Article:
1. Section Editor(s): Alexander, Mary MA, RN, CRNI(R), CAE, FAAN

Article Content

Nursing is one of the few professions that requires its practitioners to continue educating themselves throughout their careers. Because the well-being of our patients is at stake, it is incumbent upon us to engage in lifelong learning. Technology and techniques change rapidly, and evidence-based practice changes as research progresses. The infusion specialty is growing and evolving constantly. The swift movement of health care delivery makes it impossible for us to perform our jobs well without continuing education.

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Lifelong learning does not necessarily mean time in the formal classroom, although pursuing additional degrees is certainly a worthwhile endeavor. There are a variety of ways in which you can keep your skills up to date and learn how to add to your nursing knowledge. In fact, you have already started by reading this journal.


The American Nurses Association's Code of Ethics endorses lifelong learning: "Continual professional growth, particularly in knowledge and skill, requires a commitment to lifelong learning. Such learning includes, but is not limited to, continuing education, networking with professional colleagues, self-study, professional reading, certification, and seeking advanced degrees. Nurses are required to have knowledge relevant to the current scope and standards of nursing practice, changing issues, concerns, controversies, and ethics."1(p10)


Nursing membership organizations exist to help you with your professional development. INS offers a host of opportunities for you to continue your educational journey. The spring and fall national meetings provide much of what you need for professional success: a choice of many educational sessions; the Industrial Exhibitions, which offer face-to-face learning with representatives of the top infusion device manufacturers in the country; networking, through which you can learn from your colleagues in a less formal setting; and much more.


The INS Web site is a valuable resource for your lifelong learning. The Knowledge Center, a members-only benefit, is the home of webinars; publications; recorded sessions from INS national meetings; and discussion forums, where you can learn from your colleagues online. INS is committed to supporting you as you work toward your educational goals.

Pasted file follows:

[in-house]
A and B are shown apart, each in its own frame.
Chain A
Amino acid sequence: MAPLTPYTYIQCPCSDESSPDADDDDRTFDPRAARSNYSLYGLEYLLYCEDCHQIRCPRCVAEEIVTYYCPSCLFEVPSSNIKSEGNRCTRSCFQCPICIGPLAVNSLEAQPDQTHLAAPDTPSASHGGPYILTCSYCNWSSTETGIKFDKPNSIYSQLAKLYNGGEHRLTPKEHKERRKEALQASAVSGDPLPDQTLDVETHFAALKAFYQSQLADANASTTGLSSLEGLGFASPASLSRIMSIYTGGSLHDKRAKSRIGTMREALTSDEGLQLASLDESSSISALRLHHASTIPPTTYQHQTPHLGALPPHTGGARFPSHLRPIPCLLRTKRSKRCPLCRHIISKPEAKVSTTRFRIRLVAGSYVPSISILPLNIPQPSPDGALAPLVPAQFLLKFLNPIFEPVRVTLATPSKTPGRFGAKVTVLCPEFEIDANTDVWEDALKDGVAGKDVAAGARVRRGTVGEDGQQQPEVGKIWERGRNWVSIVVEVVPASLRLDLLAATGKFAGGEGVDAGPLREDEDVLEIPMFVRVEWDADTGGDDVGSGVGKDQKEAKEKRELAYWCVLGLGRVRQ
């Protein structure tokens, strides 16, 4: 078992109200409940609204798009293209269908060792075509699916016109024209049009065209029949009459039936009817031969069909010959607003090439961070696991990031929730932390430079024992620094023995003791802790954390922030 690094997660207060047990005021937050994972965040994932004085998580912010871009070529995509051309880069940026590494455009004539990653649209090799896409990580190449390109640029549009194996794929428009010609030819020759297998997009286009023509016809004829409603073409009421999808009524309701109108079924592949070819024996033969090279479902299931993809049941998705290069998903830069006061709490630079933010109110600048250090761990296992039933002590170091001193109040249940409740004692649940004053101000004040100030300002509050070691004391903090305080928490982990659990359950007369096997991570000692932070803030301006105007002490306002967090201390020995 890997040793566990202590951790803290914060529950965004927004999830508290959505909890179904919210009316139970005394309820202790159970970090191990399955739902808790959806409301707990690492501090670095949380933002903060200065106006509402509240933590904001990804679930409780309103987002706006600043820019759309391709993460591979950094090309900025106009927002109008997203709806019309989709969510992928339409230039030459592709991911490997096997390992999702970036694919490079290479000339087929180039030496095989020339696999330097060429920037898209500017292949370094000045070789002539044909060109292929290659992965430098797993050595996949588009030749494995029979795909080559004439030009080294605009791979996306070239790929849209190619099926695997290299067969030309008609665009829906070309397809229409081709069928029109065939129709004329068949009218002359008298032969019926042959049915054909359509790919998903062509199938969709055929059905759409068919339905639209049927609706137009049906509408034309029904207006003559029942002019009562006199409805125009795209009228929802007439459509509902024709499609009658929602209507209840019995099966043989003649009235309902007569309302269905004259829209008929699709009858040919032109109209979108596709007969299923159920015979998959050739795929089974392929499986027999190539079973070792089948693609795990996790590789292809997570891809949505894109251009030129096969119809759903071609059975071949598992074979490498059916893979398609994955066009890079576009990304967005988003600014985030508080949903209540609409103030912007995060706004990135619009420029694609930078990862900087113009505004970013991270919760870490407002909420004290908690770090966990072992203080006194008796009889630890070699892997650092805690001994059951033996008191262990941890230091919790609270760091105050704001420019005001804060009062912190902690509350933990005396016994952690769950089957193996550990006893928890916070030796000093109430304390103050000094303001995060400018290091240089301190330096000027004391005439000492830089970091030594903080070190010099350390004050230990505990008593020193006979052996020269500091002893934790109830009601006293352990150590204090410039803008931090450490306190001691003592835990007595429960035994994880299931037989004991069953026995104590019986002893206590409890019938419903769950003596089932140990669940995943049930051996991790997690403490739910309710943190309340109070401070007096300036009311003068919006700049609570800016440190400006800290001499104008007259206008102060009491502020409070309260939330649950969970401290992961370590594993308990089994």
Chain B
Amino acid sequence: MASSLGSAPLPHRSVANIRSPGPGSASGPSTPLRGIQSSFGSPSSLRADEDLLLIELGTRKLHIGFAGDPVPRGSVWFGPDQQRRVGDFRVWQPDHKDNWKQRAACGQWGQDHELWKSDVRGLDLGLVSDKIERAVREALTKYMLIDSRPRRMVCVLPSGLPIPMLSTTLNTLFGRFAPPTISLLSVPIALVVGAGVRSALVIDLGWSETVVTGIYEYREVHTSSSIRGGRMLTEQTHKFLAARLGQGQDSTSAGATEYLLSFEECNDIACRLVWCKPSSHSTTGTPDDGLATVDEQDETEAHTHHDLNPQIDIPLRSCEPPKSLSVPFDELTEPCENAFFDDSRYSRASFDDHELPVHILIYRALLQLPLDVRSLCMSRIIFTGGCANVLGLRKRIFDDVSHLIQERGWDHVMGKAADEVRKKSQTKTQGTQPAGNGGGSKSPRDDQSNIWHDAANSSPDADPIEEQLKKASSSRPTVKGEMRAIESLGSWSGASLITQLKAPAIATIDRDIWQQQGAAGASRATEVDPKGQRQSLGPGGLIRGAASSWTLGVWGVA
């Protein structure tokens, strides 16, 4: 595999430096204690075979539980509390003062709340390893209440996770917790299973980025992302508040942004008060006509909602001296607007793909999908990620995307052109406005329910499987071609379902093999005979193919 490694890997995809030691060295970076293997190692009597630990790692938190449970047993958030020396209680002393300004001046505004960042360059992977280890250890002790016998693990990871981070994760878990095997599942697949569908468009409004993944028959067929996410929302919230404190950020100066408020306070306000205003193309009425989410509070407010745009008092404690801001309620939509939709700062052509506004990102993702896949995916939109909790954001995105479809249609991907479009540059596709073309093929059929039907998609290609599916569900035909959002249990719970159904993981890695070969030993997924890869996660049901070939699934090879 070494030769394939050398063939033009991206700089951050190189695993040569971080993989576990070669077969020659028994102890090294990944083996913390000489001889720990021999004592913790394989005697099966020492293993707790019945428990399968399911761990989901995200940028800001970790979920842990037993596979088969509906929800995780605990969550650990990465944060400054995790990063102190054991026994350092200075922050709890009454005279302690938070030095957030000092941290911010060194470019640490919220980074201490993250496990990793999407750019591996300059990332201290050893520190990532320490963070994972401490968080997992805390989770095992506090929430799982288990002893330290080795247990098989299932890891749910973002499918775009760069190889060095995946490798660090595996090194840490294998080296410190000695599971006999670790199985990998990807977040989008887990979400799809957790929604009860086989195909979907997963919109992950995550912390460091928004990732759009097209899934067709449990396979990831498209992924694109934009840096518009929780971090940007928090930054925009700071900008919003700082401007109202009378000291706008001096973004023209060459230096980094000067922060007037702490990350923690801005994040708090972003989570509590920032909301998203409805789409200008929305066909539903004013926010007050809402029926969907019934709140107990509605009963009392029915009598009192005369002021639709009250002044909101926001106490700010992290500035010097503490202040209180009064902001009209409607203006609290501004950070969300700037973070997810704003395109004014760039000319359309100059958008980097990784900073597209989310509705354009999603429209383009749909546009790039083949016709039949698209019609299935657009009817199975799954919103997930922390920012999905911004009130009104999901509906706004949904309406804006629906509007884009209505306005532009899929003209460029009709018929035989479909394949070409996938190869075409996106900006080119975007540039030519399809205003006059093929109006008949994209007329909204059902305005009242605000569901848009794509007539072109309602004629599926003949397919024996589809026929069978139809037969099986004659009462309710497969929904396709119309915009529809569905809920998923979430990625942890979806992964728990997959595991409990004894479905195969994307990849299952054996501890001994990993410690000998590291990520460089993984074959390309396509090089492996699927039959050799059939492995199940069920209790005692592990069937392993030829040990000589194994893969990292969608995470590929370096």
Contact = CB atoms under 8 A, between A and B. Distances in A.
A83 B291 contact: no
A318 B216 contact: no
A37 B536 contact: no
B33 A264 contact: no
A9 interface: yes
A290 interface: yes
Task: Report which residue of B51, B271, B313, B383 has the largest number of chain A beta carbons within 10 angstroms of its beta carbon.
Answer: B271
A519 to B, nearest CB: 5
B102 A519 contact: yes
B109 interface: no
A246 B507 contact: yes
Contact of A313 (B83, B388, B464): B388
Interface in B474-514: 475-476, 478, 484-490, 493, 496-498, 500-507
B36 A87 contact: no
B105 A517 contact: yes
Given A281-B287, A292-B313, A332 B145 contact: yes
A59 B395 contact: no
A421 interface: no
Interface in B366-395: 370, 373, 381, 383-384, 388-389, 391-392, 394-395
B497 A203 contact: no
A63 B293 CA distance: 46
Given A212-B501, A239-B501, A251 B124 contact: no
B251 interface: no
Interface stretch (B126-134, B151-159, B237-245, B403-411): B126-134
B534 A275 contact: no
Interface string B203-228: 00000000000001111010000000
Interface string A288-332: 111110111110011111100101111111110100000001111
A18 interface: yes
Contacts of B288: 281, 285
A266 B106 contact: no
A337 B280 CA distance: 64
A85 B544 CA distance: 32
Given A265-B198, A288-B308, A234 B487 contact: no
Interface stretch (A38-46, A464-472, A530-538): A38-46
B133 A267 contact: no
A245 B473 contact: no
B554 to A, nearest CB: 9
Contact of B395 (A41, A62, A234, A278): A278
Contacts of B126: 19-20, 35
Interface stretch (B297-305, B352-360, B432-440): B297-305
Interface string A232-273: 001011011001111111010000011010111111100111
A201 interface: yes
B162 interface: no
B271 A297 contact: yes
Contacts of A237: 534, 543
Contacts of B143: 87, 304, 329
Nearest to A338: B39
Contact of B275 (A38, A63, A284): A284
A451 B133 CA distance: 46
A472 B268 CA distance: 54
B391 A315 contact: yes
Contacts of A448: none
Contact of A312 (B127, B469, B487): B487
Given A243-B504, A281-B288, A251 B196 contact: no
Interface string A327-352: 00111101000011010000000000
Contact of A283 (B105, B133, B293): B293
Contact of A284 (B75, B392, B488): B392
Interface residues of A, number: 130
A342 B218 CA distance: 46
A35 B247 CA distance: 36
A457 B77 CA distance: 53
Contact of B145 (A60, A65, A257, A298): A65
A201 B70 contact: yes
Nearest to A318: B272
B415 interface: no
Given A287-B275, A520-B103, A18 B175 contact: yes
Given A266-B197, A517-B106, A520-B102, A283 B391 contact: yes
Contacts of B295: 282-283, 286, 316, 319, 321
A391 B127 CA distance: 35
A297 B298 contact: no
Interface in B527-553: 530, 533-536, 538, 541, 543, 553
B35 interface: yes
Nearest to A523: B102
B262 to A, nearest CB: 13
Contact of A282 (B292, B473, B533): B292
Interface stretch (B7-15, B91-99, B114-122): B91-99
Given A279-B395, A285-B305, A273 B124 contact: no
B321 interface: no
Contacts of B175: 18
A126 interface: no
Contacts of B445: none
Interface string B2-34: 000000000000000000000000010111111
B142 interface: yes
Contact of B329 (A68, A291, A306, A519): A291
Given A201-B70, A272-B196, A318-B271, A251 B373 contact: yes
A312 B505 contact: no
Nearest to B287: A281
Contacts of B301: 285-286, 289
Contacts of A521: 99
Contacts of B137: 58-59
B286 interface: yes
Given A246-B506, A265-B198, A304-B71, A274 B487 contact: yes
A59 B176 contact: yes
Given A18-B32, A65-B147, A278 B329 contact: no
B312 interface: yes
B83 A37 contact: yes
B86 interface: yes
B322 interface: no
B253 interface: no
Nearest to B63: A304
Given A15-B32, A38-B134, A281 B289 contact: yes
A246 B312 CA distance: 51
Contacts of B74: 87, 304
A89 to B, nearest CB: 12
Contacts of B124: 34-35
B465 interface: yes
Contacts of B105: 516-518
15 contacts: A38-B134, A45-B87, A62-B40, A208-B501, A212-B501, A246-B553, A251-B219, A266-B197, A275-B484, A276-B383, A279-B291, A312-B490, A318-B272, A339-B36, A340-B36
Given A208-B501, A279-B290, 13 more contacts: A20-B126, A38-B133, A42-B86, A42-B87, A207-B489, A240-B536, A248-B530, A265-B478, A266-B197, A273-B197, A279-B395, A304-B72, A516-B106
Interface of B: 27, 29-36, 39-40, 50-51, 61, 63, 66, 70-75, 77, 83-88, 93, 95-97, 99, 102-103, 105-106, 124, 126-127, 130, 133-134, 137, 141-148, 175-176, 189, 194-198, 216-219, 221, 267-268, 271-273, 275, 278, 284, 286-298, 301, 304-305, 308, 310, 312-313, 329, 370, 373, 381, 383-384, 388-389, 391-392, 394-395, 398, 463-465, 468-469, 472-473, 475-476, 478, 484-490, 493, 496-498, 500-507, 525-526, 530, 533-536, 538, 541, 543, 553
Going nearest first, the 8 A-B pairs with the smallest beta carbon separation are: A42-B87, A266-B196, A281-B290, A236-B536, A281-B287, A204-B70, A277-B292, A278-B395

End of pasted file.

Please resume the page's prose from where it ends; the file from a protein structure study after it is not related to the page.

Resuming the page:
Earning the credential of a Certified Registered Nurse Infusion (CRNI(R)) is a major step on the road to lifelong learning. CRNI(R)s demonstrate specialized knowledge, skills, and experience every day, to the great benefit of our patients. Exam candidates have noted how much they learn from studying for the exam. And not only can CRNI(R)s recertify by regularly attending educational programs and sessions, they can also earn recertification units by completing this journal's CE test.


Now that the Affordable Care Act (ACA) is being fully implemented, nurses have more opportunities for education and the grants and loans with which to pursue it, as mandated by the ACA itself.2 A number of nurses were at the table when the ACA was being written. Their voices were heard, and the far-reaching educational opportunities and financial assistance are the result of that input.


Whether you work toward an advanced degree, study for specialty certification, attend meetings and webinars, read nursing literature regularly, or learn from networking with your colleagues, you are continuing to learn and grow in your profession. So never stop learning; your patients will thank you!


Mary Alexander




1. American Nurses Association Web site. Code of ethics for nurses. Published 2001. Updated 2010. Accessed January 17, 2014. [Context Link]


2. Patient Protection and Affordable Care Act. 42 USC [S]5202-5311; 2010. [Context Link]